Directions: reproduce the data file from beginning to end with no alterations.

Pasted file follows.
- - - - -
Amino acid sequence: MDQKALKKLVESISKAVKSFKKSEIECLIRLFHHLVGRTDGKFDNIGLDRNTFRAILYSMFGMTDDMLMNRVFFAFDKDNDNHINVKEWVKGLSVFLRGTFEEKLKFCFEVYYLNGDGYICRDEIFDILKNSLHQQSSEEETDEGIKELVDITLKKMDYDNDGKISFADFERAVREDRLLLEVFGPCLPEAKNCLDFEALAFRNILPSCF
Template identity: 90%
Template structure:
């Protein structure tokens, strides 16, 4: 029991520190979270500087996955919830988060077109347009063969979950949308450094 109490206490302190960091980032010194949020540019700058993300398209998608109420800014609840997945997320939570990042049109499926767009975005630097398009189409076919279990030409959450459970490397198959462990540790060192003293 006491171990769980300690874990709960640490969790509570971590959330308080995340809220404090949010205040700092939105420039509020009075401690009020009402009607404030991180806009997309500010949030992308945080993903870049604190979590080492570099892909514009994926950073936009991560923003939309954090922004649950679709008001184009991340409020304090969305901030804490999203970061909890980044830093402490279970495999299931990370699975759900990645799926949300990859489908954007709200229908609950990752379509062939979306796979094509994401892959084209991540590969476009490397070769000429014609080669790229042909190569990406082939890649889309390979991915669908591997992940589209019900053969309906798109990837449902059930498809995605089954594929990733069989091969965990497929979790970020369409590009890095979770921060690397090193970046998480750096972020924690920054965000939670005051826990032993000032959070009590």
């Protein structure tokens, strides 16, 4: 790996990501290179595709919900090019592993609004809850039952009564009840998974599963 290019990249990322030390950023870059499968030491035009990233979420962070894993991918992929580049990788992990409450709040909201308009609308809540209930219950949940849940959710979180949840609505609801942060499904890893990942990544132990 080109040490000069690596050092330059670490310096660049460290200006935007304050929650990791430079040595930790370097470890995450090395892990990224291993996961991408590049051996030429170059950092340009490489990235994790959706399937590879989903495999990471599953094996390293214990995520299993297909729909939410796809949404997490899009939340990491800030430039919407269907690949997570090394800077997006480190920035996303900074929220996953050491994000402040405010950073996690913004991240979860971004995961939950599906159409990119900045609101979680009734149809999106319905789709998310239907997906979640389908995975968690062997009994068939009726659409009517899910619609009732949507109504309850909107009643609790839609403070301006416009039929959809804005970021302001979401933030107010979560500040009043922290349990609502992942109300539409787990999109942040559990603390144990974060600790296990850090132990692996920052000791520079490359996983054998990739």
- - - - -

Amino acid sequence: MDQKALKKLVESISKAVKSFKKSEIECLIRLFHHLVGRTDGKFDNIGLDRNTFRAILYSMFGMTDDMLMNRVFFAFDKDNDNHINVKEWVKGLSVFLRGTFEEKLKFCFEVYYLNGDGYICRDEIFDILKNSLHQQSSEEETDEGIKELVDITLKKMDYDNDGKISFADFERAVREDRLLLEVFGPCLPEAKNCLDFEALAFRNILPSCF
Template identity: 90%
Template structure:
């Protein structure tokens, strides 16, 4: 029991520190979270500087996955919830988060077109347009063969979950949308450094 109490206490302190960091980032010194949020540019700058993300398209998608109420800014609840997945997320939570990042049109499926767009975005630097398009189409076919279990030409959450459970490397198959462990540790060192003293 006491171990769980300690874990709960640490969790509570971590959330308080995340809220404090949010205040700092939105420039509020009075401690009020009402009607404030991180806009997309500010949030992308945080993903870049604190979590080492570099892909514009994926950073936009991560923003939309954090922004649950679709008001184009991340409020304090969305901030804490999203970061909890980044830093402490279970495999299931990370699975759900990645799926949300990859489908954007709200229908609950990752379509062939979306796979094509994401892959084209991540590969476009490397070769000429014609080669790229042909190569990406082939890649889309390979991915669908591997992940589209019900053969309906798109990837449902059930498809995605089954594929990733069989091969965990497929979790970020369409590009890095979770921060690397090193970046998480750096972020924690920054965000939670005051826990032993000032959070009590």
């Protein structure tokens, strides 16, 4: 790996990501290179595709919900090019592993609004809850039952009564009840998974599963 290019990249990322030390950023870059499968030491035009990233979420962070894993991918992929580049990788992990409450709040909201308009609308809540209930219950949940849940959710979180949840609505609801942060499904890893990942990544132990 080109040490000069690596050092330059670490310096660049460290200006935007304050929650990791430079040595930790370097470890995450090395892990990224291993996961991408590049051996030429170059950092340009490489990235994790959706399937590879989903495999990471599953094996390293214990995520299993297909729909939410796809949404997490899009939340990491800030430039919407269907690949997570090394800077997006480190920035996303900074929220996953050491994000402040405010950073996690913004991240979860971004995961939950599906159409990119900045609101979680009734149809999106319905789709998310239907997906979640389908995975968690062997009994068939009726659409009517899910619609009732949507109504309850909107009643609790839609403070301006416009039929959809804005970021302001979401933030107010979560500040009043922290349990609502992942109300539409787990999109942040559990603390144990974060600790296990850090132990692996920052000791520079490359996983054998990739």